- The Washington Times - Saturday, December 6, 2003

In a world of violent video games, where dexterity of the thumb and index finger is infinitely more important than the flexing of the cerebrum, there must be a place for children and their parents to interact and actually learn something from that overpriced multimedia computer/gaming system. Take a deep breath and enter the ROMper Room, where learning is a four-letter word cool.

Children can sing, tap their toes and hone preschool skills with the Learn Through Music System. The stand-alone interactive unit combines repetition, rhythm and rhyming of musical sounds and lyrics to capture the attention of users as they interact with some of their favorite characters.

Shaped like a miniature video jukebox with a handle, the system requires cartridges that contain 15 illustrated pages. The pages scroll across a 4-by-5-inch touch-sensitive screen that contains 30 hot spots that illuminate to reinforce narrated activities. A small-hand-friendly working microphone encourages the child to sing a song.

Two modes of play are activated by pressing either a music note, which incorporates memorable songs and poems, or a question mark, which quizzes the child, who manually answers questions on what he or she has learned through the song.

The included cartridge, for example, revolves around the “Blue’s Clues” universe. The child joins Joe and his pooch as they explore colors through activities such as touching paint cans to mix hues, identifying objects by color and mimicking spoken sequences. Difficulty levels increase as pages change and go from simply touching primary color items to distinguishing between vermilion, chartreuse and aquamarine.

Cartridges available ($9.99 each) to keep the system fresh range from Elmo’s Scavenger Hunt from “Sesame Street” to Let’s Share the Day Together with Barney to — the best of the bunch — Dora’s Farm Adventure, which has the bilingual explorer looking for missing animals.

In Dora’s adventure, the Nick Jr. character spends a long day in the country as she, with the help of Boots the monkey and that crazy insect mariachi band, introduces children to a barn full of creatures, places where they might hang out and sounds characteristic to them while occasionally requesting that the participants pronounce words into the microphone.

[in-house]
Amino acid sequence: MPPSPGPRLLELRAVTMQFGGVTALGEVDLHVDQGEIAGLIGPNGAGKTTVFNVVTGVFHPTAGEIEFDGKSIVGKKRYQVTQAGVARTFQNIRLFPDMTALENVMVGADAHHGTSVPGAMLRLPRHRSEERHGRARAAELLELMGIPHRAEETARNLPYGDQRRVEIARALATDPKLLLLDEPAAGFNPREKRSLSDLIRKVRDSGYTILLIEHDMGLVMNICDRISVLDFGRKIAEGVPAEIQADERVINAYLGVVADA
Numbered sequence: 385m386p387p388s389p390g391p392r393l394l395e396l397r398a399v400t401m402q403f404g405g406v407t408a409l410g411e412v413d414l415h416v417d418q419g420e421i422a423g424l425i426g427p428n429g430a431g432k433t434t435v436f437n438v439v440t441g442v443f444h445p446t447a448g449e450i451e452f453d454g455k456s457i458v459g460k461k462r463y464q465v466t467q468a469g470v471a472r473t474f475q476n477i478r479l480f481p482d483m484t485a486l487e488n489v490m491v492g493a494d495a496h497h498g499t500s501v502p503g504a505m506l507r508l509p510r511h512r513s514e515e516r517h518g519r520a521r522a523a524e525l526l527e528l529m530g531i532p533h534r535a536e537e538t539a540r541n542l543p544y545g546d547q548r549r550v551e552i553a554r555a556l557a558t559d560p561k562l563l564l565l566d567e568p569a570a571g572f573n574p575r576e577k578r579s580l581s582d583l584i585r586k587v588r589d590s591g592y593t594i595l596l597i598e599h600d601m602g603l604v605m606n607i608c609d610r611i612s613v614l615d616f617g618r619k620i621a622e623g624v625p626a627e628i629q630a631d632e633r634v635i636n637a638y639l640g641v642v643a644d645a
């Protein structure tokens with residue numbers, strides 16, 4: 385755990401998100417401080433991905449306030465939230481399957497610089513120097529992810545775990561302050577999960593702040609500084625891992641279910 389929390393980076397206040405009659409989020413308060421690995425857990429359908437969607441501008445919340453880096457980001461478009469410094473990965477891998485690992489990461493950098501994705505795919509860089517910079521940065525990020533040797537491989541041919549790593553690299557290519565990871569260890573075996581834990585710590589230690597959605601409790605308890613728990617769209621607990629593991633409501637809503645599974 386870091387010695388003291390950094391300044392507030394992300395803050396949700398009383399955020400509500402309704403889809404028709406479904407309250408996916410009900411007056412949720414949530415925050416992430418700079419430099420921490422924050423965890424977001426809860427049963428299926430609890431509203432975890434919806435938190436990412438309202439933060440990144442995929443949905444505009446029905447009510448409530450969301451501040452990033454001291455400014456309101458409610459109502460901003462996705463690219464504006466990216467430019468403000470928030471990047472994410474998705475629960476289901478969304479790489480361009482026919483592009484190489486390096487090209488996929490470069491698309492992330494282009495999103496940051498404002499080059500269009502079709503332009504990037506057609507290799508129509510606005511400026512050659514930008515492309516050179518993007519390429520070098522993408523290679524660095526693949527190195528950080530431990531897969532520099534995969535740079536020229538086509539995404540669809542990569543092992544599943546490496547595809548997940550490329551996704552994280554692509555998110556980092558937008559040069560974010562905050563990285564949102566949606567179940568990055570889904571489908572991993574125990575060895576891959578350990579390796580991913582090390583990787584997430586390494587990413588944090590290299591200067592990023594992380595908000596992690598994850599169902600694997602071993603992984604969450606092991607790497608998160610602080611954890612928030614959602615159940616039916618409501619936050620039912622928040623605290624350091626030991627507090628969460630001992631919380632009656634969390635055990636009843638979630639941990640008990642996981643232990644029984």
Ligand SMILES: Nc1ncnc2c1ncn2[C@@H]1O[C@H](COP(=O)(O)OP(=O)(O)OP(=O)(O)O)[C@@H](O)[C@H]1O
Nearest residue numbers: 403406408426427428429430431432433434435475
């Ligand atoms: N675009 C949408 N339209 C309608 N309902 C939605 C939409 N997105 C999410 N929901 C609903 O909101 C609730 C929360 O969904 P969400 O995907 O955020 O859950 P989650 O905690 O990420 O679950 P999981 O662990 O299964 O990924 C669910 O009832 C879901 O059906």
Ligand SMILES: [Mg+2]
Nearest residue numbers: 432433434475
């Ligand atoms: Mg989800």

Parents will love the scrollable book concept (so pages won’t be destroyed) and will find the simple play activation liberating, but they will see potential problems in the lack of volume control (although some later models of the production run have it), repetition of songs and backlighted screen. They also will need to keep a gallon of cleaner on hand to wipe the screen, which will become smudged quickly with fingerprints.

Affordable and addictive, the Learn Through Music System nevertheless is not comparable to the more robust LeapFrog’s My First LeapPad. However, it should be considered as a good gift for the 2- to 4-year-old entranced by music and specific branded characters.

Learn Through Music System, Fisher-Price, $29.99, stand-alone unit includes one cartridge and requires three C batteries.

ROMper Room is a column devoted to finding the best of multimedia edutainment. Write to Joseph Szadkowski, The Washington Times, 3600 New York Ave. NE, Washington, DC 20002; call 202/636-3016; or send e-mail (jszadkowski@washingtontimes.com).

DOUBLE DELIGHT

HERE ARE TWO MULTIMEDIA OR ENTERTAINMENT ITEMS TO TRY:

• SPONGEBOB SQUAREPANTS: BATTLE FOR BIKINI BOTTOM BY THQ INC. FOR XBOX, PLAYSTATION 2 AND GAMECUBE, $39.99. THREE UNSUSPECTING HEROES FROM UNDER THE SEA MUST SAVE THEIR BELOVED SANDS AND THE WORLD FROM AN EVIL PIECE OF ALGA AND HIS ROBOTIC HORDES. THIS INTRIGUING PREMISE IMMERSES FANS IN NICKELODEON’S SOGGIEST UNIVERSE AS THEY CONTROL SPONGEBOB, HIS FRIEND PATRICK THE STARFISH AND GAL PAL SANDY CHEEKS IN A VERY SILLY THIRD-PERSON ADVENTURE.

PLAYERS MUST COLLECT AS MUCH SHINY JUNK AS POSSIBLE WHILE INTERACTING IN A PERFECT REPRESENTATION OF BIKINI BOTTOM WITH ITS INHABITANTS, COMPLETE WITH PLENTY OF WACKY DIALOGUE, EPISODE MEMORIES AND 10 HUGE 3-D ENVIRONMENTS. AS THEY PUSH BUTTONS, BUBBLE ABOUT AND BATTLE BOTS, CHARACTERS CAN GO TONGUE-BOARDING AND MAINTAIN EXTRA LIVES BY COLLECTING UNDERWEAR. THE GAME WILL ENTRANCE THE ENTIRE FAMILY, AND EVEN A 4-YEAR-OLD WILL HAVE THE SKILLS TO ENJOY THE ACTION.

• BeyBlade Arcade Challenge by Tiger Electronics, stand-alone unit requiring a television and four AA batteries, $49.99. My favorite board game growing up, Battle Tops, has gone from discs mounted on plastic tubes that were manually ripped into action with a string to high-tech spinning saucers maneuvered by interactive controllers to its latest version, playable on a television screen.

The BeyBlade phenomenon simply involves unleashing gyroscope-type devices into an arena and letting momentum declare a winner. Through the video-game version, players use a large controller and still get to use a rip cord to pull their tops into a whirling frenzy, but all the action takes place virtually.

Children can choose from 26 of their favorite BeyBlade characters on-screen after connecting the simple plug-and-play device and can enjoy five play modes, including survival and training and a two-player event requiring two launchers and connector cable (sold separately).

The pricey fun offers graphics way below the current gaming systems standards, and parents might be better off spending money on the latest lines of live-action BeyBlades or purchasing the GameCube or Game Boy Advance simulations.


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